You’re going to see coverage from all around the country under the umbrella of Education Nation that focuses on any number of relevant topics: teacher accountability, teacher pay, where we stand, achievement gaps. … I said specifically to the producers of “Today,” “Nightly News,” and so forth,  “Give me your homework. Tell me what you think you can do and how you can do it.” I’ve been getting nothing but getting incredibly strong notes since then….

One thing that frustrated me about Education Nation was that it it felt like the anchors had read the Spark Notes about education reform—they’re not necessarily people who’ve been invested in covering it. Are you going to bring in other journalists who have their finger on the pulse of education?

I wouldn’t rule that out. We have an education correspondent, Rehema Ellis.* But by design, NBC News wasn’t going to play expert in Education Nation. Look at the people we brought in from around the country and, in some cases, the world. I wanted the NBC journalists to take a backseat to the experts….

(*Jenna Bush was hired by NBC in 2009 to cover education stories for “Today.” According to an NBC News spokeswoman, however, “While Jenna is an educator and does do pieces on education, it’s not formally her title or beat.”)

I read some critiques of Education Nation saying that it was pushing a specific agenda, namely the one promoted in Waiting for Superman, which is tough on teachers’ unions. And, when I watched “Meet the Press,” the person who got the toughest blows was Randi Weingarten of the American Federation of Teachers. How would you answer those critics?

I completely disagree with the notion that the film was what gave us the roadmap. Look at the way we began Education Nation: a two-hour broadcast live on NBC moderated by Brian Williams that was a teacher townhall. It wasn’t Michelle Rhee versus the world. It was 200 teachers who came to Rockefeller Plaza and participated in a meeting. … I remember reading some criticism that Education Nation wasn’t even going to have the voices of teachers. That to me is just [people] hitting the F5 button on their computer because that’s the complaint they’re used to lodging against news organizations that look at education….

You did a segment on Finland, which has the highest-ranked education system in the world. But I don’t believe the segment mentioned that Finnish teachers are unionized. It was a moment where I think people who had the agenda criticism in mind could say, “You didn’t mention that unions can coexist with education reform.”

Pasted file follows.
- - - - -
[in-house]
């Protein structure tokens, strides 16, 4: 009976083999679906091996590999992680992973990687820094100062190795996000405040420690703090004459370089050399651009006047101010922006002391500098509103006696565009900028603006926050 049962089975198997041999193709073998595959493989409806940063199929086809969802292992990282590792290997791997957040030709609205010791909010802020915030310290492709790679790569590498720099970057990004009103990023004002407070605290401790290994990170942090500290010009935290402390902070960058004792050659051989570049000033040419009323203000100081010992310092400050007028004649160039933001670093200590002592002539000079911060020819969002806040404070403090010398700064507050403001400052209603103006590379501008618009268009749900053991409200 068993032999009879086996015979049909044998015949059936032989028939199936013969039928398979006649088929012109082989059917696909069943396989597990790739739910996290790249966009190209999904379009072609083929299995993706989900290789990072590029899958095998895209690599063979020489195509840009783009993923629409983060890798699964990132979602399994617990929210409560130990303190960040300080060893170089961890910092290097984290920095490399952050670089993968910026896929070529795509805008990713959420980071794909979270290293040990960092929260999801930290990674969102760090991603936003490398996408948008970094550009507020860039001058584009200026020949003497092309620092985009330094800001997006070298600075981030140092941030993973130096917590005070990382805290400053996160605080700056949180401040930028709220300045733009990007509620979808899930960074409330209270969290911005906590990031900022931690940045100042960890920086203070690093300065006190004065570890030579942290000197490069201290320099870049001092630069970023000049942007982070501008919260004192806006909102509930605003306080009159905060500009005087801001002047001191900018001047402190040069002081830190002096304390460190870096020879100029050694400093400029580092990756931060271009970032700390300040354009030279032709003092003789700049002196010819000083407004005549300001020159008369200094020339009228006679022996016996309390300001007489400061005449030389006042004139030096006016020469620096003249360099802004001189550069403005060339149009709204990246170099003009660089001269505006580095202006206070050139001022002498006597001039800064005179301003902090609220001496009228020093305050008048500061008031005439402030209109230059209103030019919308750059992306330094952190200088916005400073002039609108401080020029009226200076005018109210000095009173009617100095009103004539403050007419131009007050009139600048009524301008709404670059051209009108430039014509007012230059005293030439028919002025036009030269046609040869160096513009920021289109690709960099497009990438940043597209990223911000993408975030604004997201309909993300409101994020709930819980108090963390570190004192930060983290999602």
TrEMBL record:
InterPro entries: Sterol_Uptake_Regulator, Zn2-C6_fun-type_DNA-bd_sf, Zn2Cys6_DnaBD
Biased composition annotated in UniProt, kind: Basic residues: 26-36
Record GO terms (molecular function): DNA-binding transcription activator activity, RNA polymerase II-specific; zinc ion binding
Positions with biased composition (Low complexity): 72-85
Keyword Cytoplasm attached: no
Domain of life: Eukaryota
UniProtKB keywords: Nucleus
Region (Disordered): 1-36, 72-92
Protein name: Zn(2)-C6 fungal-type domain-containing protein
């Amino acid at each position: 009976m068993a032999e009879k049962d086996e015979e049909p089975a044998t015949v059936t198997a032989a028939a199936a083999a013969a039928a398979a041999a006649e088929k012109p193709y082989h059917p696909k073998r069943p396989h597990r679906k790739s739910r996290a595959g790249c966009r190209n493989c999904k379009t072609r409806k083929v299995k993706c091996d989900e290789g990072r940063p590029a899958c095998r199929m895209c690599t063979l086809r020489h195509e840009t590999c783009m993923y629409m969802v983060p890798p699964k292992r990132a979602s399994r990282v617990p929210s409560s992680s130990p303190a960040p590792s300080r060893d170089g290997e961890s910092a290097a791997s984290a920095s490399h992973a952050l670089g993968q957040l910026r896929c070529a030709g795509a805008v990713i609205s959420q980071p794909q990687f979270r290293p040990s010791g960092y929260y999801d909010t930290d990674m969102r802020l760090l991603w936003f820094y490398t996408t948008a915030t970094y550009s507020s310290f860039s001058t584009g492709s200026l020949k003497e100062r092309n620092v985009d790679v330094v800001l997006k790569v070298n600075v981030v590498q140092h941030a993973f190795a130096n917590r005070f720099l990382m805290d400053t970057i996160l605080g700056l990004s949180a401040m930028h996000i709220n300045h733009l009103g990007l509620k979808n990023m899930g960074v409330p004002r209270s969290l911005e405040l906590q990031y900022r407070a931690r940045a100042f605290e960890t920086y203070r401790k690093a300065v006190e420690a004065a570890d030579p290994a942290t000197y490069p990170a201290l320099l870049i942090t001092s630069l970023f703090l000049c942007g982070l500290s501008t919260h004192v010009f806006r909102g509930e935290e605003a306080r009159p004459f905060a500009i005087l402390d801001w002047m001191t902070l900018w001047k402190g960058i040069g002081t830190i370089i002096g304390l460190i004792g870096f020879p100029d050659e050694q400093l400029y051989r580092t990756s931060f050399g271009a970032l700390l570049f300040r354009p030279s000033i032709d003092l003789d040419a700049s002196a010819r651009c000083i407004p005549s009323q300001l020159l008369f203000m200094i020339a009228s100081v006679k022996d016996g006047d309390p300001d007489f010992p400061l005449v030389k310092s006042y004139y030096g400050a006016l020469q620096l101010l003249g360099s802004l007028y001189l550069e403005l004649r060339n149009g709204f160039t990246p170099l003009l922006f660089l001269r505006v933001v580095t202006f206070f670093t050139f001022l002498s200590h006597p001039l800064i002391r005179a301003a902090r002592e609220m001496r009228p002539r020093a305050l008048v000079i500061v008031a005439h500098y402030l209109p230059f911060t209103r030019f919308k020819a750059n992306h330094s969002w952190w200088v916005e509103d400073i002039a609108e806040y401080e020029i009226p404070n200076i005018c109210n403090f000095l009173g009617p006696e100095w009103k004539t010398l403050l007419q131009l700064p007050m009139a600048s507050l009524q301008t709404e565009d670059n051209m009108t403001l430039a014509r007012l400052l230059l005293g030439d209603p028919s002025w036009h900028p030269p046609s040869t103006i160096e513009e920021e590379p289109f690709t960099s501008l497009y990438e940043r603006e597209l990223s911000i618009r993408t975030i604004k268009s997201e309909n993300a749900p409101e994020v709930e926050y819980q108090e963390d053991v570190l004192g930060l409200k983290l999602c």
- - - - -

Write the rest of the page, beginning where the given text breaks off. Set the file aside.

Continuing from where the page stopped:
I know it was discussed [at some point during the week]. ... We weren’t in this to try to take a position one way or the other on the highly emotionally charged issue of unions. That’s not the role of a news organization.

I blogged during the teacher townhall a comment Brian Williams made about how education is like the space program. I actually yelled at my television, because the space program was about pushing outside our boundaries, conquering the universe, while education is a democratic right.

Except I would say this is like a Sputnik moment now. When the Russians launched Sputnik, we all sat back and realized we were being lapped on the race track. And we’re behind [in education]. … Will there be a President Kennedy who says we’re going to put a man on the moon? I don’t know. Today, Mike Bloomberg gave credit to both Obama and Bush for pushing ambitious education agendas, yet you see where we still are. It’s very hard to push this from the federal level.

It will be interesting to see what happens after the midterms with education reform, because it seems like a bipartisan issue, but Republicans want to block Obama’s agenda. They’ve said they won’t give more money to Race to the Top, for instance. Not that this is a strictly federal issue.

We got into this [during Education Nation]. When you have a political environment that is being so heavily influenced by the Tea Party that calls for shrinking the size of government, you can’t ignore it. There are political realities. Mike Castle was on one of our panels. The guy just got bounced. Adrian Fenty was on a panel. Now I think it’s overly simplistic to say he got bounced because of Michelle Rhee, but it was a factor. The teachers’ union poured a million dollars into that race. It’s going to be fascinating to see how [education reform] plays out in this environment. … It just underscores that the answer isn’t going to be found purely in government. It’s interesting to hear from charter schools, to hear from private foundations. … It has all the ingredients of some complex, compelling stories.